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9:00 AM EST, Monday, June 1, 2009. Increasingly there is talk about impending hyperinflation. It's not "a bet the farm" certainty. But it is worth protecting against. We've talked about gold, silver, oil and some commodities as hedges. Think also scarce beautiful assets. I bought a little land over the weekend. It's beautiful land. It can't be made cheaper in China or India.

Nicholas Taleb of Black Swan fame has made big money takes long cheap bets on improbable events, with long odds. When they happen, he's in the money big-time. This piece from Bloomberg is interesting:

MAY 31, 2009, 5:55 P.M. ETNew Universa 'Black Swan' Fund to Make Bets on Hyperinflation

A hedge fund firm that reaped huge rewards betting against the market last year is about to open a fund premised on another wager: that the massive stimulus efforts of global governments will lead to hyperinflation.

The firm, Universa Investments L.P., is known for its ties to gloomy investor Nassim Nicholas Taleb, author of the 2007 bestseller "The Black Swan," which describes the impact of extreme events on the world and financial markets.

Funds run by Universa, which is managed and owned by Mr. Taleb's long-time collaborator Mark Spitznagel, last year gained more than 100% thanks to its bearish bets. Universa now runs about $6 billion, up from the $300 million it began with in January 2007. Earlier this year, Mr. Spitznagel closed several funds to new investors.

Unlike last year's sudden market implosion, inflation isn't an unimaginable event that few currently anticipate. In fact, many fear inflation right now amid government efforts to goose the economy. Universa's bet, however, is that inflation will reach levels few expect.

By opening the inflation fund, Universa is trying to capitalize on a wave of investor demand for its products, which when they're right can protect investors from extreme market moves.

The new strategy, designed by Mr. Spitznagel, aims to post big gains if inflation and interest rates take off as they did in the 1970s. Universa will invest in options tied to commodities such as corn, crude oil and copper, as well as options on stocks such as oil drillers and gold miners.

"We think these things are going to see massive volatility," Mr. Taleb said in an interview.

The fund will also bet against Treasury bonds, which tend to weaken in inflationary environments. Last week, Treasury yields shot to their highest level since November as prices fell on inflation concerns. Oil topped $66 a barrel. Gold is creeping nearing $1,000 an ounce.

The minimum investment in the firm's other funds has been $25 million, though it rarely accepted investments less than $100 million, a person familiar with the fund says. Similar standards will likely apply to the new fund, called the Black Swan Protection Protocol-Inflation, according to the person.

Mr. Taleb doesn't have an ownership interest in the Santa Monica, Calif., firm, but he has significant investments in it and helps shape its strategies.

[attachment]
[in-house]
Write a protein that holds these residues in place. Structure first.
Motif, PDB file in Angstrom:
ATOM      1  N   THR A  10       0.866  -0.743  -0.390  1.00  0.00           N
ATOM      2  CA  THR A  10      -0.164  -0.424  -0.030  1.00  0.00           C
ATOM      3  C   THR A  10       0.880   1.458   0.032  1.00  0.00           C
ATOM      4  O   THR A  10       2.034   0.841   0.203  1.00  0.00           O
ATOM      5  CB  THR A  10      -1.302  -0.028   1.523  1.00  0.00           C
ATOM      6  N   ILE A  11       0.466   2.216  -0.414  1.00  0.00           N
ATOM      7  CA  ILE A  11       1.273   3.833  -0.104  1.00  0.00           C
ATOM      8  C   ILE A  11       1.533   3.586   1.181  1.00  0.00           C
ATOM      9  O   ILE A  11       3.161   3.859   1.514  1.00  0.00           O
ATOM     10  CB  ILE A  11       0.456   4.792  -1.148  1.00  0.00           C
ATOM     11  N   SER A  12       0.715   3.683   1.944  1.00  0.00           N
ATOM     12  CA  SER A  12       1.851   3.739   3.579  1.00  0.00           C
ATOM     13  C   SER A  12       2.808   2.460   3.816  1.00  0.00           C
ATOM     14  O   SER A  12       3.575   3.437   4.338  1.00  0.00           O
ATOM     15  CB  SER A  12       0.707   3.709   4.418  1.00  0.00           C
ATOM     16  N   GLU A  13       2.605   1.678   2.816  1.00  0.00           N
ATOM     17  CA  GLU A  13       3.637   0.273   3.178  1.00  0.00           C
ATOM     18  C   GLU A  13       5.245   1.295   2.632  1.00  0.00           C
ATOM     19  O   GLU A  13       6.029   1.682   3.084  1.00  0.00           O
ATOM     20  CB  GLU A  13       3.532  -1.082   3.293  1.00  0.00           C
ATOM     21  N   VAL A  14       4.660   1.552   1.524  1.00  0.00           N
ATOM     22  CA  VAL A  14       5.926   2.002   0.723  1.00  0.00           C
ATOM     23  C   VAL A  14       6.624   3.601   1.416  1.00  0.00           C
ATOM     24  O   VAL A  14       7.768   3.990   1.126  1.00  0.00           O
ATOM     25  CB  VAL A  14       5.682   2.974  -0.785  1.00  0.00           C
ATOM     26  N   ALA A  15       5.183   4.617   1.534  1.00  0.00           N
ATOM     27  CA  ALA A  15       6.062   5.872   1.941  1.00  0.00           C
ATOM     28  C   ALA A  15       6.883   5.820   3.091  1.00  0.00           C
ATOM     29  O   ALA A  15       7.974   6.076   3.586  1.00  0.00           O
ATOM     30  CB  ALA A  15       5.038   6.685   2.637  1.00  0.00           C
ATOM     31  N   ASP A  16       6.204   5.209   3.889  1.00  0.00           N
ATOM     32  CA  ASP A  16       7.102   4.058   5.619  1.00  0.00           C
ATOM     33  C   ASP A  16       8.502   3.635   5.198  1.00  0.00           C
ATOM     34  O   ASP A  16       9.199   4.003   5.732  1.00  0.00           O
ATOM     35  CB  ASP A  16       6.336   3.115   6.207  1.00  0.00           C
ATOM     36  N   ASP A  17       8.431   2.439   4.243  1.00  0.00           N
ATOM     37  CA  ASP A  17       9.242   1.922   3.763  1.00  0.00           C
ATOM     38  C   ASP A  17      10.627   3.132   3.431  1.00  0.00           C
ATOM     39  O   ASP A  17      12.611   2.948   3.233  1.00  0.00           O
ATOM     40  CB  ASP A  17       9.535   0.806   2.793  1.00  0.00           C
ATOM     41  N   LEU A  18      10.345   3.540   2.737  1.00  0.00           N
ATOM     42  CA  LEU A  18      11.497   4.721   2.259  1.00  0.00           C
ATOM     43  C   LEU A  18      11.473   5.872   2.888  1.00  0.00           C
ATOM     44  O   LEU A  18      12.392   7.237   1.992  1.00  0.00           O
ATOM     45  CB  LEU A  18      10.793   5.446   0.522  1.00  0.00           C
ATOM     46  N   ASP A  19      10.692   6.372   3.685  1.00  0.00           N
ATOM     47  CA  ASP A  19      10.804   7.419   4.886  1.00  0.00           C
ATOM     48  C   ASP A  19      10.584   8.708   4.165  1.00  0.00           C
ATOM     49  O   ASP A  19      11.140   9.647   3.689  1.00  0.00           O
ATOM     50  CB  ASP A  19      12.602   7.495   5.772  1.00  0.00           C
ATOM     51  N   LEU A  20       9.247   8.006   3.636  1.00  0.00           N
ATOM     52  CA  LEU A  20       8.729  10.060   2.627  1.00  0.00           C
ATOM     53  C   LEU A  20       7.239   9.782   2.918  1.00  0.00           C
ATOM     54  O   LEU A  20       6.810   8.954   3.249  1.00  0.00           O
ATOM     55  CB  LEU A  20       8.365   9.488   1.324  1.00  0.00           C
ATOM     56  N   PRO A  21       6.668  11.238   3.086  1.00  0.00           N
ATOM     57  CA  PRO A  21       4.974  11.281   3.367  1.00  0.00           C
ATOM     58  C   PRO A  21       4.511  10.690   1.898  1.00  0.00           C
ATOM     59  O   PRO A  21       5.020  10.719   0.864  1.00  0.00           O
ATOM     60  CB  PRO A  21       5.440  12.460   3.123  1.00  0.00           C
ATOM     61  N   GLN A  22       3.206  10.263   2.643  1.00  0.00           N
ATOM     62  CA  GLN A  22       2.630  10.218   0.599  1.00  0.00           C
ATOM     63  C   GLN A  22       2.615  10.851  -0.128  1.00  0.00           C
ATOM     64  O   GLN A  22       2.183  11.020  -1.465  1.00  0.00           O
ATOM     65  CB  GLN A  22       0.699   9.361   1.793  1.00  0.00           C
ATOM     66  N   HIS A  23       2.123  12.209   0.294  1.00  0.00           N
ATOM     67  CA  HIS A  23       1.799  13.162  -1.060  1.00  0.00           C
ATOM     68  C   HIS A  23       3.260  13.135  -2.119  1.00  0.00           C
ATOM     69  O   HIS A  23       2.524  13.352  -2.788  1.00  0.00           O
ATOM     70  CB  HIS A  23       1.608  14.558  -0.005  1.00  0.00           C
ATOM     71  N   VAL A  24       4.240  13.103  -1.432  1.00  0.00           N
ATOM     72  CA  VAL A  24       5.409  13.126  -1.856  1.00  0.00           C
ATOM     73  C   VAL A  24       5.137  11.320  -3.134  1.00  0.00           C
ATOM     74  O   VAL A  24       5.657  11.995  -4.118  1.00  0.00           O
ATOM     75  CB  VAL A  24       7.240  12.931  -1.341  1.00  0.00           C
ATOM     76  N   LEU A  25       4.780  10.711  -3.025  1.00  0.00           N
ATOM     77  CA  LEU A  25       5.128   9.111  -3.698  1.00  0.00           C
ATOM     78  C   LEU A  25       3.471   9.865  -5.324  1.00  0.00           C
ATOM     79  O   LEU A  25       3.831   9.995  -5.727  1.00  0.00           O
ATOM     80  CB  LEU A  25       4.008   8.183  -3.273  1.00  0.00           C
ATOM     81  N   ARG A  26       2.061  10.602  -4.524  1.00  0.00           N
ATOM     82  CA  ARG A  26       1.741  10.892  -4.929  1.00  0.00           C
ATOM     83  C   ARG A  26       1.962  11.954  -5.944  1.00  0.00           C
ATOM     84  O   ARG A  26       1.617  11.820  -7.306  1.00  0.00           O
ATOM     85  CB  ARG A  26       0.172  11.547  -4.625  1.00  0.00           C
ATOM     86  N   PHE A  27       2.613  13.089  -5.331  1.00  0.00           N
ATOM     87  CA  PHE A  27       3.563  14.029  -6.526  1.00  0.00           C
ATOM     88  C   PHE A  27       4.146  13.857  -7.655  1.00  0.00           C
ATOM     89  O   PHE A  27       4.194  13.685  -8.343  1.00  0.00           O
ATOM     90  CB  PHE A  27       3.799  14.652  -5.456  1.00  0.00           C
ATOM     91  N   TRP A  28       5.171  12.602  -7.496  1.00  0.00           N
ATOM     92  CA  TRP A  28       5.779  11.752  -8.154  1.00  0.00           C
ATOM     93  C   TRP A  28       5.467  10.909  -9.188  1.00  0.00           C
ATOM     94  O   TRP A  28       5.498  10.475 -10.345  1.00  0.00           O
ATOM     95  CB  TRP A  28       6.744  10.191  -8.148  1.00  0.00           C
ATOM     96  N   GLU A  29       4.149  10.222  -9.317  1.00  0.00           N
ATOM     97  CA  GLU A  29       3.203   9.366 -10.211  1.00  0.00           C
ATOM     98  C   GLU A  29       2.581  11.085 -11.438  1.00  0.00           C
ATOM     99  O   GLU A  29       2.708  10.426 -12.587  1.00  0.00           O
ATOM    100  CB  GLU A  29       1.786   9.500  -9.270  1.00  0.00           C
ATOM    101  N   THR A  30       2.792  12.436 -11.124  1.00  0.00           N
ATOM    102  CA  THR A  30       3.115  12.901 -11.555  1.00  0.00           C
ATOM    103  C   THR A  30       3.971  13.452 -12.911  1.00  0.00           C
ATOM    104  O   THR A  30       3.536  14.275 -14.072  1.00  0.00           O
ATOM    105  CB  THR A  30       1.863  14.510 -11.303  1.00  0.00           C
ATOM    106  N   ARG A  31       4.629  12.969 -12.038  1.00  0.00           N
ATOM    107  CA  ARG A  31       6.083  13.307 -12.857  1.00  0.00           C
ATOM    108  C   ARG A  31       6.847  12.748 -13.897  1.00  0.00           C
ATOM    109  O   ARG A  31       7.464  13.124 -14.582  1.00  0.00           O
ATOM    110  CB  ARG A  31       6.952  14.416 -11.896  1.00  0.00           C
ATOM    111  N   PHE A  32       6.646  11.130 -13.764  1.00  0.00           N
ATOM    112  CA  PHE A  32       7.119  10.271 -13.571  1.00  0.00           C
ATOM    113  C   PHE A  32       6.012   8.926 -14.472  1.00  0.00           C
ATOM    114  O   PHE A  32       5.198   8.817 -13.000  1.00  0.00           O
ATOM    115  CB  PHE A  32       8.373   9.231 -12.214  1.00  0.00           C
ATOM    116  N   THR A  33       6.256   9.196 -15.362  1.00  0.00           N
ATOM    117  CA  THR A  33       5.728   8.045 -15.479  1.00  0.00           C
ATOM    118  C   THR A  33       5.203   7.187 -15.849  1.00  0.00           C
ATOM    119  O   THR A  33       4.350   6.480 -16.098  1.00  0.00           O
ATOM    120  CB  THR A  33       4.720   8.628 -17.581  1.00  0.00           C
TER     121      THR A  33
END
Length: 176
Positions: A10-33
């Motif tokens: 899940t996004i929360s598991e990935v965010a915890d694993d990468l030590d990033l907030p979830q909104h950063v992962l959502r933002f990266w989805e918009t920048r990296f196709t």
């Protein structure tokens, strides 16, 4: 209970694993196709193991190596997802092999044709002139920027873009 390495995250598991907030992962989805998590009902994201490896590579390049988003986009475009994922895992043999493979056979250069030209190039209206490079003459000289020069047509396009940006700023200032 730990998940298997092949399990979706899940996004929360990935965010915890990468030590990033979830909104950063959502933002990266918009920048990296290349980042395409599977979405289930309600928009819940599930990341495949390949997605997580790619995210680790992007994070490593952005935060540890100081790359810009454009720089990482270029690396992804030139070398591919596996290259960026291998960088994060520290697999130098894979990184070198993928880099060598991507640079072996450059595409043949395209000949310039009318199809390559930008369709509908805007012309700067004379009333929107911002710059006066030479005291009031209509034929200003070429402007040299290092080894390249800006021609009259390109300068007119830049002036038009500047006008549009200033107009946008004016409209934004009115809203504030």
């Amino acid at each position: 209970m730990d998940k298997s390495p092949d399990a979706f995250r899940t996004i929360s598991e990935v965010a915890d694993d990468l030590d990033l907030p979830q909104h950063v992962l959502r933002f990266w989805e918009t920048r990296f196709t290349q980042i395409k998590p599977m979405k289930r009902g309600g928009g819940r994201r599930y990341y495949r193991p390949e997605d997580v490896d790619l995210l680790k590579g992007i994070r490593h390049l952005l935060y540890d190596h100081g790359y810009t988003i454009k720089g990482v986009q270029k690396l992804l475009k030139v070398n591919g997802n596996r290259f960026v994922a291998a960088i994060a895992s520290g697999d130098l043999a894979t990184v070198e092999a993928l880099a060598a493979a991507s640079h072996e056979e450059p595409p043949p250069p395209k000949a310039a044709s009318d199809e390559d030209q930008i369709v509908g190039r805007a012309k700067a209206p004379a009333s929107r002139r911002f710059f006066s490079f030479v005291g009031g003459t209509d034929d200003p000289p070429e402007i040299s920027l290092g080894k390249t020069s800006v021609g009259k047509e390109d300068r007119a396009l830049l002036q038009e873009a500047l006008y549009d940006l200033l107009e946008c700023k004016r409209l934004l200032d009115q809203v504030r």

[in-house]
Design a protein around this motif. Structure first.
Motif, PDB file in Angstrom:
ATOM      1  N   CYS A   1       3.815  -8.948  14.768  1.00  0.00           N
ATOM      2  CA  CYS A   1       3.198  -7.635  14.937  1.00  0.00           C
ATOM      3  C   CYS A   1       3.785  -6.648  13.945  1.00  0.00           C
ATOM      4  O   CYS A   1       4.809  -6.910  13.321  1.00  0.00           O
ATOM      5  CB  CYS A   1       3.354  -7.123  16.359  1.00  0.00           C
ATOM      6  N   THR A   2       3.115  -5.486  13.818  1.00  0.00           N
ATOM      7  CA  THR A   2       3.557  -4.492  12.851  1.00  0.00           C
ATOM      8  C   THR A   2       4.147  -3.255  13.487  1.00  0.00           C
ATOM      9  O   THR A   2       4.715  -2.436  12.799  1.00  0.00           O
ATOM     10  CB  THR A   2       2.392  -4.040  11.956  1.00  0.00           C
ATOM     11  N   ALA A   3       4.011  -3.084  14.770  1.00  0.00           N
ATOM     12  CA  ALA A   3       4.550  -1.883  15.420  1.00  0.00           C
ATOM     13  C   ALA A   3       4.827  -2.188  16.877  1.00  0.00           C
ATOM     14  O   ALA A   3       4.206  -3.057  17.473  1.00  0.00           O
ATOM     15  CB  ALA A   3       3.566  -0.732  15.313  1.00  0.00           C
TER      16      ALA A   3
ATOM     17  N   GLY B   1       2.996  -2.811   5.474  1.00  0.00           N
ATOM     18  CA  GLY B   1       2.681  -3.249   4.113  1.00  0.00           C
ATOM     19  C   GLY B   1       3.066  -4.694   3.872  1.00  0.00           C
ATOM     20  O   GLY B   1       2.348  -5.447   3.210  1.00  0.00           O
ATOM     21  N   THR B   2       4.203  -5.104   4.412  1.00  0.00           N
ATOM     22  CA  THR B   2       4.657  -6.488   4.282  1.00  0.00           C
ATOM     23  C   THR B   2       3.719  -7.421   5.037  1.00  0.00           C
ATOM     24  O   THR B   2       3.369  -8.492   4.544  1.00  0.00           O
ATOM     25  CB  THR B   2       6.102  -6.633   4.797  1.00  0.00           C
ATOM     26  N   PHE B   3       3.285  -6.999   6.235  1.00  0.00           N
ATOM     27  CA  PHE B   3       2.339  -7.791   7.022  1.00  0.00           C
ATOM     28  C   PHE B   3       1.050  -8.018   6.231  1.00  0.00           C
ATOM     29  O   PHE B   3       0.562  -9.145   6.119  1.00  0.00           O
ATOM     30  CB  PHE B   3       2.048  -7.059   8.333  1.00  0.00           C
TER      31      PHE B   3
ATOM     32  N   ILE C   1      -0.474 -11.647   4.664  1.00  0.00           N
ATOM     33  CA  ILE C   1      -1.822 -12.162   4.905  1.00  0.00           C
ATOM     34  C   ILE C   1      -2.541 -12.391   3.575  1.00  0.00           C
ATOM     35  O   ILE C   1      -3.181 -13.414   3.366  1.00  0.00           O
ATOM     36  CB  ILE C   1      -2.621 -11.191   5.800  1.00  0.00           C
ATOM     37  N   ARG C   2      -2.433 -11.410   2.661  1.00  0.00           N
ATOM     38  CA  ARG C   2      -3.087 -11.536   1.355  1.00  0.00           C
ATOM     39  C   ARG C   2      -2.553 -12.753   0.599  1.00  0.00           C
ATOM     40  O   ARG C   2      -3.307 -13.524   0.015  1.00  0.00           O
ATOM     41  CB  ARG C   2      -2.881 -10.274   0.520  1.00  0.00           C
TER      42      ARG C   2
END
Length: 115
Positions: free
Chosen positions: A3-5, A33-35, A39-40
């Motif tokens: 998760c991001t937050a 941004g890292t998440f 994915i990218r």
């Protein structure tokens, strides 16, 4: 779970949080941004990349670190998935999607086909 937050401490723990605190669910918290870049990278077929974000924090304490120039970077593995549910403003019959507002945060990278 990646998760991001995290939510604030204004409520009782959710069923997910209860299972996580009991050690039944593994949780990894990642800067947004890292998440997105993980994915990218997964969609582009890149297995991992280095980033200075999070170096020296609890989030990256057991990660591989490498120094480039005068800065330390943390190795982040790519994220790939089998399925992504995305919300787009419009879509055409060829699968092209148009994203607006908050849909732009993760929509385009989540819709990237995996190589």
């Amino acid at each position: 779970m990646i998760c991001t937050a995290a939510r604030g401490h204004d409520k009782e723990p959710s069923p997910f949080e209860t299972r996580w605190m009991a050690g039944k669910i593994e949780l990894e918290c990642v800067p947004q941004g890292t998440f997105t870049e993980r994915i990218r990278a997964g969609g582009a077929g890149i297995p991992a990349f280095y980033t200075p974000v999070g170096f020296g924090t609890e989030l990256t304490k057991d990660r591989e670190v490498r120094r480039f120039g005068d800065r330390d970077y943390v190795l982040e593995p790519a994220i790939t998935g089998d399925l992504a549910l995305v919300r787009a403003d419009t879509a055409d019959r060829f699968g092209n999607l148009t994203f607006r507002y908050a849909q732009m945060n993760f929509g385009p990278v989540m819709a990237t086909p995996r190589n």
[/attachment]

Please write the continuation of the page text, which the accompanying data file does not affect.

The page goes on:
The term "black swan," which has become a market catchphrase in the last few years, alludes to the once-widespread belief in the West that all swans are white. The notion was proven false when European explorers discovered black swans in Australia. A black-swan event, according to Mr. Taleb, is something that is extreme and highly unexpected.

For the new inflation fund, there are risks.

As investors, Messrs. Spitznagel and Taleb have a mixed track record. The two managers wound down their Empirica Capital fund in 2004 after several years of lackluster returns.

Also, some investors are worried not about inflation but about deflation and its pernicious effects were the economy to remain stalled.

David Rosenberg, chief economist at Gluskin Sheff, a Toronto wealth-management firm, believes inflation won't take hold until consumer spending rebounds, which he thinks could take years. Says Mr. Rosenberg: "Not until the household sector expands its balance sheets are we likely to see the re-emergence of inflation on a sustained basis."

Mr. Taleb said any deflation would be matched by an aggressive move by governments to stimulate their economies, leading inevitably to an uncontrollable surge in prices.

Short Moody's? David Einhorm is shorting Moody's, allegedly. I think it's a great idea. I ran Bloomberg's story on Friday. I'm still mulling the dynamics of this one. I've been researching Moodys. There's no much. There's a Standard & Poor's piece, which rates Moody's a "hold," which in my book means SELL. Read it here.

The weekend's "Business in America" speical report is wonderfully positive. Please read it.

Some excerpts:

+ The pain will eventually end. American business will regain its shine. Many firms will die, but the survivors will emerge leaner and stronger than before. The financial sector’s share of the economy will shrink, and stay shrunk for years to come. The importance of non-financial firms will accordingly rise, along with their ability to attract the best talent. America will remain the best place on earth to do business, so long as Barack Obama and the Democrats in Congress resist the temptation to meddle too much, and so long as organised labour does not overplay its hand.

The crisis will prove hugely disruptive, however. Bad management techniques will be exposed. Necessity will force the swift adoption of more efficient ones. At the same time, technological innovation will barely pause for breath, and two big political changes loom.

Mr Obama’s plan to curb carbon dioxide emissions, though necessary, will be far from cost-free, whatever his sunny speeches on the subject might suggest. The shift to a low-carbon economy will help some firms, hurt others and require every organisation that uses much energy to rethink how it operates. It is harder to predict how Mr Obama’s proposed reforms to the ailing health-care system will pan out. If he succeeds in curbing costs—a big if—it would be a colossal boon for America. Some businesses will benefit but the vast bulk of the savings will be captured by workers, not their employers.

In the next couple of years the businesses that thrive will be those that are miserly with costs, wary of debt, cautious with cashflow and obsessively attentive to what customers want. They will include plenty of names no one has yet heard of.

+ The competition among the fast-food chains is exuberantly vicious. Burger King produces edgy advertisements in the hope that people will pass them around online. Earlier this year it offered users of Facebook, a social-networking website, a free Whopper burger if they would dump ten of their online friends. Facebook soon shut down the promotion, but not before Burger King was able to claim that the public’s love of its flame-grilled product was “stronger than 233,906 friendships”.